To date, there exist only few reports describing fulminant MPP cases resistant to macrolide and steroid therapy. In a pediatric case, Shen et al. described fulminant MPP due to a macrolide-resistant strain, in which drug-susceptibility was confirmed by cultures [18]. In this case, MPP exacerbated after the administration of AZM and standard-dose methylprednisolone (2 mg/kg/day), and improvement was finally noted after switching antibiotic treatment to moxifloxacin with intravenous immunoglobulin. In an adult case, Kawakami et al. reported that fulminant MPP exacerbated despite the administration of AZM and prednisolone 30 mg/day, but that improvement was noted after minocycline administration [19]. Similar to these cases, our case of MPP also showed rapid improvement after fluoroquinolone and minocycline addition. Overall, we propose that not only hyper-immune activity, but also MP proliferation, may play a critical role in severe/fulminant MPP due to a macrolide-resistant strain. Thus, treatment using fluoroquinolone or tetracycline for suppressing MP proliferation might be indispensable in these cases.

In our case, rapid antigen test was not available in the referring hospital, and definite diagnosis was confirmed on clinical day 14. Although serological antibody test is generally accepted as a standard method for the diagnosis of MPP, it is not suitable for MPP-diagnosis during the acute phase since it requires paired serum samples with a 2–4-week interval [20]. In this situation, immunochromatography-based rapid mycoplasma antigen test, Ribotest™ Mycoplasma, has become available in Japan, since 2013 [21]. This test detects the M. pnuemoniae L7/12 ribosomal protein, a component of the 50S ribosome, and its diagnostic sensitivity for MPP has been reported as approximately 60% that of real-time PCR [21]. Until now, the clinical experience and data on Ribotest are still limited only to Japan, and its utility in the management of adult MPP remains unclear. In our case, the Ribotest on BALF performed on clinical day 14 was positive, which proved the existence of a longer-lasting MP pulmonary infection. Since MP has been found to be larger amount in sputum than in upper respiratory tract samples [22, 23], it might be more useful to examine BALF, which is the most directly sampled lower respiratory tract specimen, using Ribotest. At least, had an immediate diagnosis been made for our patient, we could have selected appropriate antibiotics at an earlier stage, which might have achieved more rapid improvement. Considering the difficulty of MPP diagnosis, in particular cases due to macrolide-resistant strains, we suggest that further study might be necessary, which examine the utility of rapid antigen test.

To the best of our knowledge, the present report is the first documented case of severe life-threatening MPP due to a macrolide-resistant strain, which macrolide-resistance was confirmed by genetic analysis. Based on the experience gained from our present case, we suggest that severe MPP due to a macrolide-resistant strain should be considered as a differential diagnosis, when one encounters cases of deteriorating community-acquired pneumonia. This is particularly important when antibiotics other than fluoroquinolone or tetracycline have been administered. The high prevalence of macrolide-resistant MP worldwide should also be recognized, because similar cases of life-threatening MPP may be substantially underdiagnosed.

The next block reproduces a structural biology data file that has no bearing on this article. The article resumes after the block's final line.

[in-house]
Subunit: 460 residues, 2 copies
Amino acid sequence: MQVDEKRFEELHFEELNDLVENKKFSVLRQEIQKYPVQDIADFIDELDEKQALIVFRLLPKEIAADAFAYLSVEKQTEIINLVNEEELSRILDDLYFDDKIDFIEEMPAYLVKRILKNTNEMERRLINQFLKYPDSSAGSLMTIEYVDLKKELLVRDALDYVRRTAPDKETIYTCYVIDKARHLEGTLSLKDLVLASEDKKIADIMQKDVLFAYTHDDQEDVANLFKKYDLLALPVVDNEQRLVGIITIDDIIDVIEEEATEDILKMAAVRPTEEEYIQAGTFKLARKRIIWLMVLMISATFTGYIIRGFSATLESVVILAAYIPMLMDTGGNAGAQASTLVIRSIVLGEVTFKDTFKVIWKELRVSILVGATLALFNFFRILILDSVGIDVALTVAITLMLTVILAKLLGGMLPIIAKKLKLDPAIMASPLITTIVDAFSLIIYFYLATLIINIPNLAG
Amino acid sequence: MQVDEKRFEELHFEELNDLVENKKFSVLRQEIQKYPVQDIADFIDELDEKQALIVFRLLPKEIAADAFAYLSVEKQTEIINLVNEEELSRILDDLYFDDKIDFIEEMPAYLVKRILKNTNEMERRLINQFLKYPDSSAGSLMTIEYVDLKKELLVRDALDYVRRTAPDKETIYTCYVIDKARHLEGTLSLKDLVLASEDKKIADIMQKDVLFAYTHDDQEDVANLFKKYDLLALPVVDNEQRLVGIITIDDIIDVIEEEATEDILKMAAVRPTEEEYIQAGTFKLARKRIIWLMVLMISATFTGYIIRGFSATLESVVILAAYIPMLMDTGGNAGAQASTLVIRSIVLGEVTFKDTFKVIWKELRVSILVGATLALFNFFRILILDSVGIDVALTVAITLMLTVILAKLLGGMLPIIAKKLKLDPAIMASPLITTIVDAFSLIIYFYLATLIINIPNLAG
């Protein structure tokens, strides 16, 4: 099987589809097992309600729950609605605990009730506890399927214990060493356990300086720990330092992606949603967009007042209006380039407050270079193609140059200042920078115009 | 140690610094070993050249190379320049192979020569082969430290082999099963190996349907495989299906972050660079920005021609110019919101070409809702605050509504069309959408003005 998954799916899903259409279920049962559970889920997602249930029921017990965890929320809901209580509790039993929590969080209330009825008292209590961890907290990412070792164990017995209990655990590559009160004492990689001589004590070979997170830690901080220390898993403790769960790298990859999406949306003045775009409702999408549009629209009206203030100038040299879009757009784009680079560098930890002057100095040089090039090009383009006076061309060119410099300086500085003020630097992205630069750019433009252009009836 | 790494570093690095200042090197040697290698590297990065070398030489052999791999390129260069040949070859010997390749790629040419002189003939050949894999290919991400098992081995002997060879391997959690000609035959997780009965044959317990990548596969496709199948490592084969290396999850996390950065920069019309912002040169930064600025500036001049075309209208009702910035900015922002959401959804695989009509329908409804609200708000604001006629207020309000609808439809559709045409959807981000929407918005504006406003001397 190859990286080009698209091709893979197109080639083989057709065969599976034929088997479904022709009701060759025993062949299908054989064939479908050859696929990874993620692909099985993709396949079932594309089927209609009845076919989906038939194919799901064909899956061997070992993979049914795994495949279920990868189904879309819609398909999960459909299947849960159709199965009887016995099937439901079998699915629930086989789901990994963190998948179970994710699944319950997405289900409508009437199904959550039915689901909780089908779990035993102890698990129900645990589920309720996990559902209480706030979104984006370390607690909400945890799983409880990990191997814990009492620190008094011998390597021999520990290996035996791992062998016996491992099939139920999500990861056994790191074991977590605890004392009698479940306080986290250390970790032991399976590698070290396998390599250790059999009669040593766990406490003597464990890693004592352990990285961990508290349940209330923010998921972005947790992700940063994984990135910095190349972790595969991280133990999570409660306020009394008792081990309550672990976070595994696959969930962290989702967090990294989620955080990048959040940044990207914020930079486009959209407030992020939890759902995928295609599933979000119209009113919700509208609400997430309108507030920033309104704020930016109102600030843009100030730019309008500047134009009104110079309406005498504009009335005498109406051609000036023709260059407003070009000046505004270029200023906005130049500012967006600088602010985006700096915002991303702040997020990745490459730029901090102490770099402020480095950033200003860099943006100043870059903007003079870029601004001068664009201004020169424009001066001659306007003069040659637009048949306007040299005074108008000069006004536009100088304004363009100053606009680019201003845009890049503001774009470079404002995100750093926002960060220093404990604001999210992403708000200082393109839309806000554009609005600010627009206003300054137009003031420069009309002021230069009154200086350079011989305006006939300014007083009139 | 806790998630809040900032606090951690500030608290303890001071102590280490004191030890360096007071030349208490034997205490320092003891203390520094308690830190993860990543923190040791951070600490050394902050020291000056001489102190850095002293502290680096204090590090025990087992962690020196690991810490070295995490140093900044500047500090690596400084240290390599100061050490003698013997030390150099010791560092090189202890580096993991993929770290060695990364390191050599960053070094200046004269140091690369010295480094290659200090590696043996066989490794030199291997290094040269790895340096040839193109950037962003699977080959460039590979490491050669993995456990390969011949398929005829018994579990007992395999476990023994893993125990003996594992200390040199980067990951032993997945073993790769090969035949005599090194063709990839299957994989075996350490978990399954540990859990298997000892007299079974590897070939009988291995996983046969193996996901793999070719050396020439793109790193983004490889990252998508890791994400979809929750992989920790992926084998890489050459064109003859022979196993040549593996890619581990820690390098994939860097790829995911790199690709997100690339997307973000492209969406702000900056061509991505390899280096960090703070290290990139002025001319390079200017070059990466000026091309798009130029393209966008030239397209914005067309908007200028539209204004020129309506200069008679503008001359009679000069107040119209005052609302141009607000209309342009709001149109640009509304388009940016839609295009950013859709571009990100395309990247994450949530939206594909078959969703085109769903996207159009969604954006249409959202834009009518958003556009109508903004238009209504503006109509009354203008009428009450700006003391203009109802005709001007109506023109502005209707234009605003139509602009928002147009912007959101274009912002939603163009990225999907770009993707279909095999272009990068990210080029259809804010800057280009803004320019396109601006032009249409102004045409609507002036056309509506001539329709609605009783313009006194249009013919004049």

In conclusion, we report the rare case of severe life-threatening MPP caused by a macrolide-resistant strain in an adult. It highlights the importance of appropriate selection of anti-mycoplasma drugs in the treatment of this condition. In addition, more awareness is needed on the emergence of macrolide-resistant MPP infection, especially in cases where severe infection develops after initial treatment failure.

Abbreviations

ABPC/SBT: 

Ampicillin/sulbactam

AZM: 

Azithromycin

BAL: 

Bronchoalveolar lavage

BALF: 

Bronchoalveolar lavage fluid

CT: 

Computed tomography

GRNX: 

Garenoxacin

LVFX: 

Levofloxacin

MEPM: 

Meropenem

MINO: 

Minocycline

MP: 

Mycoplasma pneumoniae

PSL: 

Prednisolone

Declarations

Acknowledgements

The authors thank Miki Kaiho of the Department of Pediatrics, Hokkaido University Hospital, Japan for her excellent technical support.

Funding

No funding received.

Availability of data and materials

All the information supporting our conclusions and relevant references are included in the manuscript. There are no datasets related to this case report.

Authors’ contributions

MM, KN, MS, SK, KT, and TT contributed to the management of this patient. KN was the leader of the clinical team. MM and KN conducted the literature review and wrote the manuscript. MN revised the article. NI contributed to molecular identification. All authors read and approved the final manuscript.

Ethics approval and consent to participate

Not applicable.

Consent for publication

Written informed consent was obtained from the patient for publication of this case report and any accompanying images. A copy of the written consent is available for review by the Editor-in-Chief of this journal.

Competing interests

The authors declare they have no competing interests.

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Authors’ Affiliations

(1)
Department of Respiratory Medicine, Faculty of Medicine and Graduate School of Medicine, Hokkaido University, Sapporo, Japan
(2)
Division of Respiratory Medicine, Iwamizawa Municipal General Hospital, Iwamizawa, Japan
(3)
Department of Infection Control, Hokkaido University Hospital, Sapporo, Japan

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Copyright

© The Author(s). 2019